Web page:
Friday, May 9, 2008

The Dilemma of Working Art

While I was at the McKnight Foundation looking at the art work of Somali weavers I learned that most of the women who make the beautiful colourful blankets & cloth don't see what they do as art. The unfortunate thing about this is that this leads the creativity, passion, and personality that many people, especially women, put into making materials for everyday use gets marginalized. I think this is truly unfortunate since "high art" comes from the art of everyday people.

Historically the hoi polloi made artifacts such as pottery, cloth, utensils for themselves, their loved ones, families, or for trade. In short they made this so that they could lead their daily lives and when you think of things like the grass that a Somali weaver would have to get, the effort in preparing the tree bark you know that it was done out of love and as a means of self expression. Just like the artistry that a baker puts into perfecting their art or the time and heart that a typesetter puts into designing an attractive type that is legible to as many people as possible.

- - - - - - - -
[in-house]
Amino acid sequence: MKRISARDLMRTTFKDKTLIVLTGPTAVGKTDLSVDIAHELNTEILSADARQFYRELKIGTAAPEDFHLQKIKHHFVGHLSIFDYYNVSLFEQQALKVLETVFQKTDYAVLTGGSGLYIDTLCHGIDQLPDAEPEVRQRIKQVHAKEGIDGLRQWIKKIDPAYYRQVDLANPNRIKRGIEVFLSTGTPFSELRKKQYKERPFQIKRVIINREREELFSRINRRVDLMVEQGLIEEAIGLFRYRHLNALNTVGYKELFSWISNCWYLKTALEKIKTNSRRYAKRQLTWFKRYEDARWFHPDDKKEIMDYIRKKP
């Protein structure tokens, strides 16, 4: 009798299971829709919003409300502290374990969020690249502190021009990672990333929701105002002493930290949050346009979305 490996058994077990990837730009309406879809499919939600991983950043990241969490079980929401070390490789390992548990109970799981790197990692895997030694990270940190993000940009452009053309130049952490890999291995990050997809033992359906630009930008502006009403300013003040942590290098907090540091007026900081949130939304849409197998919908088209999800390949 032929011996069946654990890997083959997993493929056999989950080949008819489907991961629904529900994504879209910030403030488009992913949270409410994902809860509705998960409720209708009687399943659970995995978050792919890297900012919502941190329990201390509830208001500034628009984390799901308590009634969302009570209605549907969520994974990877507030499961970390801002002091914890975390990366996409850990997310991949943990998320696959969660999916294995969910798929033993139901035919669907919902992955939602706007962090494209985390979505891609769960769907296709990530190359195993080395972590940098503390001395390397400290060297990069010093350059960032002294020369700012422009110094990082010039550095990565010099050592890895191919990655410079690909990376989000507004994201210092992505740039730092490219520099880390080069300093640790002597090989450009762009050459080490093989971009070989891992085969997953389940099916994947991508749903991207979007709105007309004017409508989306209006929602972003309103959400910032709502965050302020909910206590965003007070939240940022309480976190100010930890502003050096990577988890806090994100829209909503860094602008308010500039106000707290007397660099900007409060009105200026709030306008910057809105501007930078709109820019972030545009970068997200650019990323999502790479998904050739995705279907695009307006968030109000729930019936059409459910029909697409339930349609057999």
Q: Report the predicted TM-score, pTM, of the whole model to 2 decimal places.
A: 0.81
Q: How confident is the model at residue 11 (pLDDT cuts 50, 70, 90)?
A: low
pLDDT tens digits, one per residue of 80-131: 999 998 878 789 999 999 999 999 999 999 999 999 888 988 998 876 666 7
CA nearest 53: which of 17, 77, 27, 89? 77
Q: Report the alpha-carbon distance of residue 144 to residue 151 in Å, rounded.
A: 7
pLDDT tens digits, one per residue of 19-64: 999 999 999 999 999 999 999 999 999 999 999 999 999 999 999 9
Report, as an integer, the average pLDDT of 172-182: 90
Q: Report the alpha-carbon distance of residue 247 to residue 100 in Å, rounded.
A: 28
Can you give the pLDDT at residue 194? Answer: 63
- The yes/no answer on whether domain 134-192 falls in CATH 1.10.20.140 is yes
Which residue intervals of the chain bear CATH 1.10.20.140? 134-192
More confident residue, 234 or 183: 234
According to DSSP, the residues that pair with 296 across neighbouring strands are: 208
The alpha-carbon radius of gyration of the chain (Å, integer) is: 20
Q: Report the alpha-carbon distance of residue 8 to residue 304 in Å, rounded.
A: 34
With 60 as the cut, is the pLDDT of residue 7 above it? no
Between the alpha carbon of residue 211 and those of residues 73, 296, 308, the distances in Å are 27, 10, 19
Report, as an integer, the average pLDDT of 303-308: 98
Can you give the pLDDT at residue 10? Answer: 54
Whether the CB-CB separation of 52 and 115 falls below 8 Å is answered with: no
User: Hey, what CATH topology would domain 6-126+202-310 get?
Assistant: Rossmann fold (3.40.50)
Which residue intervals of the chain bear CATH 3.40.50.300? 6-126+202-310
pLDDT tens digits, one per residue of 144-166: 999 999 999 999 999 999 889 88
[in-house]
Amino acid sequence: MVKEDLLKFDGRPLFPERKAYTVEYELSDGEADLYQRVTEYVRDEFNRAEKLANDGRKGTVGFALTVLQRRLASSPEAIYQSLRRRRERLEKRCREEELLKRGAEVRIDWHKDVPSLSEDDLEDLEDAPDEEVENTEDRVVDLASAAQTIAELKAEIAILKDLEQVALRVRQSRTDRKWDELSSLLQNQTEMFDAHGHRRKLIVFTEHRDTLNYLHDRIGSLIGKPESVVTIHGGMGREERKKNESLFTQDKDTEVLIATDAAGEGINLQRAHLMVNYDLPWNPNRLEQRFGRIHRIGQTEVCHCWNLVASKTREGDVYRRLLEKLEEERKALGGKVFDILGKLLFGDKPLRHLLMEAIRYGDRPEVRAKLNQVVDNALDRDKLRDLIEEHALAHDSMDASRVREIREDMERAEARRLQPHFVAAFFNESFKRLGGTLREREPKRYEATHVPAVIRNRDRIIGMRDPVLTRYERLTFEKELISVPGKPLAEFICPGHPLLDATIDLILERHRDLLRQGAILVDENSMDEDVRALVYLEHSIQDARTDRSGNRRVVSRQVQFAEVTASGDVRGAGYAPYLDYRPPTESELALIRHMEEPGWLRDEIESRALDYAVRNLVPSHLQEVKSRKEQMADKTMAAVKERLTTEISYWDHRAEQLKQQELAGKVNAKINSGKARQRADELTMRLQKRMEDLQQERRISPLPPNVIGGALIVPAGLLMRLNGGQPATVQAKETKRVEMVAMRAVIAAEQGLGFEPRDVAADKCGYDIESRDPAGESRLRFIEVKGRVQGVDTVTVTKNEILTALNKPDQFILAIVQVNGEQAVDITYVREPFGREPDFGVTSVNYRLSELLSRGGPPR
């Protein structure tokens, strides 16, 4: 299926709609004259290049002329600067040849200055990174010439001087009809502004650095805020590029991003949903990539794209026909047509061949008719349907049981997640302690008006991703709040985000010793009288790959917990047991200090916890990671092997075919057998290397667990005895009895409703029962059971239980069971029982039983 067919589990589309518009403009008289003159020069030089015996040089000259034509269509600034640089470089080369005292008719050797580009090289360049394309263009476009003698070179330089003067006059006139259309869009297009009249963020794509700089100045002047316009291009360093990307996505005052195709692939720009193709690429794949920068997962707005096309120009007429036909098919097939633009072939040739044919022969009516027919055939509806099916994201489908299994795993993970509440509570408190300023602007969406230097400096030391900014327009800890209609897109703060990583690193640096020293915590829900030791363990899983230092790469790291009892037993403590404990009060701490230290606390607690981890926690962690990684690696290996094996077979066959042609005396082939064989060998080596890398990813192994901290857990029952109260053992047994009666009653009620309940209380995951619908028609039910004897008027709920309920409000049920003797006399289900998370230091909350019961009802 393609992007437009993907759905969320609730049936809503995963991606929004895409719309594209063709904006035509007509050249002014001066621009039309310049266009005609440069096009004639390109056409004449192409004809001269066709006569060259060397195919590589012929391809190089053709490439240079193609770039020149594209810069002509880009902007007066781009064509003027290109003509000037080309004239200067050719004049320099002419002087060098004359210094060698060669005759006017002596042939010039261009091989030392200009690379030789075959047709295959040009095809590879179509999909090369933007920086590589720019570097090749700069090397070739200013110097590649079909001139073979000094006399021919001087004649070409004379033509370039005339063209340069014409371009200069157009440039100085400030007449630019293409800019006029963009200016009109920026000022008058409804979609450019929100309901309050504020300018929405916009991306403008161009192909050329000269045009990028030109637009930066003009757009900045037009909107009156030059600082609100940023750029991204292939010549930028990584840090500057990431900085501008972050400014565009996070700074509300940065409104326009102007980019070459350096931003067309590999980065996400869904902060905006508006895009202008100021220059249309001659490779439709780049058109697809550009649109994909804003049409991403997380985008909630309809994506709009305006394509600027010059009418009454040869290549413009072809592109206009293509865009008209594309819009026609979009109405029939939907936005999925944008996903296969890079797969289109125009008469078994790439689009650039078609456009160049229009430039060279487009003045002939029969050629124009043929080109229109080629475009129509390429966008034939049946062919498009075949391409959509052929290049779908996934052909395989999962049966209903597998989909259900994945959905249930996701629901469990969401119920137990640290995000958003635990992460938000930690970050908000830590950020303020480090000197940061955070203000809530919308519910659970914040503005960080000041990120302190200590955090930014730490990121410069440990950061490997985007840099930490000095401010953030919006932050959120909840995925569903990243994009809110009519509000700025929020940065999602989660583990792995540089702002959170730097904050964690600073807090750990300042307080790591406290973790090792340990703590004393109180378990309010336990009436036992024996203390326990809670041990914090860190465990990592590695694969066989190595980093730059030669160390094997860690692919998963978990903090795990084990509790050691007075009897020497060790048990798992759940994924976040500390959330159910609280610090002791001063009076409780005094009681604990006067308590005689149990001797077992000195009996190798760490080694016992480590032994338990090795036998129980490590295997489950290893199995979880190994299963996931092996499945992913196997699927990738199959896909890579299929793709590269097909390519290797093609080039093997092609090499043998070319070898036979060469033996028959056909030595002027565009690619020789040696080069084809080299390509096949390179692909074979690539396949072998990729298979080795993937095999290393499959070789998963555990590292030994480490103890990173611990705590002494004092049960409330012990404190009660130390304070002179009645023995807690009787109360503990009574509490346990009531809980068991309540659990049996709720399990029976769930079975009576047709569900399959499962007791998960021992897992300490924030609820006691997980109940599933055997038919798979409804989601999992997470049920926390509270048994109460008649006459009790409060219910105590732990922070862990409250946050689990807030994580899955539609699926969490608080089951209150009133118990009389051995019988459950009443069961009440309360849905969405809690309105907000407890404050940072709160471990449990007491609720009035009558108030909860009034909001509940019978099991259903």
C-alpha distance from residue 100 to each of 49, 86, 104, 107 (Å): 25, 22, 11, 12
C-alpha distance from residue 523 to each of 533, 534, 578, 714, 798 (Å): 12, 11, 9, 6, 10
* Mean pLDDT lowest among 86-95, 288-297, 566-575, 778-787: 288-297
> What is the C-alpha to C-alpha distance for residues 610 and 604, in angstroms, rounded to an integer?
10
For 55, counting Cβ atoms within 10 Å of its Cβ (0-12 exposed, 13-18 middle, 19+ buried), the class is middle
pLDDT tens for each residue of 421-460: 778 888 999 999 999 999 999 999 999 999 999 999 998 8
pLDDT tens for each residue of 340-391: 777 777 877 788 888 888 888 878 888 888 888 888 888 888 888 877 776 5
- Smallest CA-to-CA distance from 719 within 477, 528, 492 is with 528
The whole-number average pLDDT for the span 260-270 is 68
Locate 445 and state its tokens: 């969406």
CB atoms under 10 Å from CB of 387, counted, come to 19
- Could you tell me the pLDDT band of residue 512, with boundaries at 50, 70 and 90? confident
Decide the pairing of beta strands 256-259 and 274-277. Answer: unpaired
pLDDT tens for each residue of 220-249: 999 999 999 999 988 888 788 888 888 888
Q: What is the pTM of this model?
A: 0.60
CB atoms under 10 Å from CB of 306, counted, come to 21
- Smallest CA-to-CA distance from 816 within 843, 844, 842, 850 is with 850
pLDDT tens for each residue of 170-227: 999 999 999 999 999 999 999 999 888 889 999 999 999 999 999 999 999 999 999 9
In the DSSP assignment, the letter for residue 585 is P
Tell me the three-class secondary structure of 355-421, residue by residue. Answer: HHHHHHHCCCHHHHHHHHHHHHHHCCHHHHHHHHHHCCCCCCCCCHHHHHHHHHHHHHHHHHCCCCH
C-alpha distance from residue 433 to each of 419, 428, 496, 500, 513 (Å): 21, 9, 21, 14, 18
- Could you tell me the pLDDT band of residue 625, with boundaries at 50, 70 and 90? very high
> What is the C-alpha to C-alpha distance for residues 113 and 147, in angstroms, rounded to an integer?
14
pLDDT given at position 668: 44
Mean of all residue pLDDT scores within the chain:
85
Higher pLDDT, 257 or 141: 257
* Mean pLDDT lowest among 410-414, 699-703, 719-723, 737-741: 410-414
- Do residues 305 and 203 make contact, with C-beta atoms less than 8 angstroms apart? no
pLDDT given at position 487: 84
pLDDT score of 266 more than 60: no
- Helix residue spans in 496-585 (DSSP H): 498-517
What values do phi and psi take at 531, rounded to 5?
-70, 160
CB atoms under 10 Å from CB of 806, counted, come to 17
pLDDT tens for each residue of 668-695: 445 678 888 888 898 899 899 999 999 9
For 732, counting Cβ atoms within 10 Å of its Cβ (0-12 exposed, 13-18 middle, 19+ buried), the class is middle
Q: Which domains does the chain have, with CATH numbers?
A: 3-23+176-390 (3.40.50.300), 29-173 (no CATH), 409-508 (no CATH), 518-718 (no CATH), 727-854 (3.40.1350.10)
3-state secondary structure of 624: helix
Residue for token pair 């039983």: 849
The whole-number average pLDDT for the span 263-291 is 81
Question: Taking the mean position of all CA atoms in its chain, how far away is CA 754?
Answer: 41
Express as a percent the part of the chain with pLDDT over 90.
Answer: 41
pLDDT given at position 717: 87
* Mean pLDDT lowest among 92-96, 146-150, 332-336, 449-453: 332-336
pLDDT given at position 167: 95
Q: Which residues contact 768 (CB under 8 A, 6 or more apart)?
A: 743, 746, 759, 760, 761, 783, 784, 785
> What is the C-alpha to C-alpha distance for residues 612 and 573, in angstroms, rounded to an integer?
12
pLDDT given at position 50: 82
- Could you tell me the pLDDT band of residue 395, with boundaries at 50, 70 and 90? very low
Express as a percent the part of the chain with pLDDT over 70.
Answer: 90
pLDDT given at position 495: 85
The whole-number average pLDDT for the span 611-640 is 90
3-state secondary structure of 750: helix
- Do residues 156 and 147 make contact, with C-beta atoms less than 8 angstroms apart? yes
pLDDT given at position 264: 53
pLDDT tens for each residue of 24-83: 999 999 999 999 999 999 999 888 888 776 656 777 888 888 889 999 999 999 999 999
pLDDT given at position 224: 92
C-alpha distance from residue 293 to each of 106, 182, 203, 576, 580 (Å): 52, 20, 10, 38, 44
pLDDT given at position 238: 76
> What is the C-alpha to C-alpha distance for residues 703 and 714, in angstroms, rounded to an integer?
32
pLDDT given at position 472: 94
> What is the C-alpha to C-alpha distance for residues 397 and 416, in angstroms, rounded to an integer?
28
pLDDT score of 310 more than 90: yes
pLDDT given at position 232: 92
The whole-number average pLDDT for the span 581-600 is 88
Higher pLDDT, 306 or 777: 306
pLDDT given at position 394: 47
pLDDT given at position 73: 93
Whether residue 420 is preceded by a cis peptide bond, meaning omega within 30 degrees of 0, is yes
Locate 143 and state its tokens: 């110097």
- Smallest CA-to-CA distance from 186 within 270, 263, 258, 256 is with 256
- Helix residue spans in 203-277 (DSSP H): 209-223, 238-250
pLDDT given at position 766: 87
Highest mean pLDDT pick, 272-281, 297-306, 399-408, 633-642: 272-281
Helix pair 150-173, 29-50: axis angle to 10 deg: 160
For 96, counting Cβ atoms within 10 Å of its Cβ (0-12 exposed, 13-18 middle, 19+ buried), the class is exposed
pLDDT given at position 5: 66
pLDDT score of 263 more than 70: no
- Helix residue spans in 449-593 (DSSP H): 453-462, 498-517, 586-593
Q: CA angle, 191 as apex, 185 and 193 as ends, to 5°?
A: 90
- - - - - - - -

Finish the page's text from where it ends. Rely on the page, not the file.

However when this gets marginalized, maybe because our modern commercial culture cannot monetize it eefectively, or maybe because its' seen as working art, or perhaps because its' an exotic nonwestern creation, it gets lost and not preserved. For collective human culture this is unfortunate since it for posterity it is not likely to be around.

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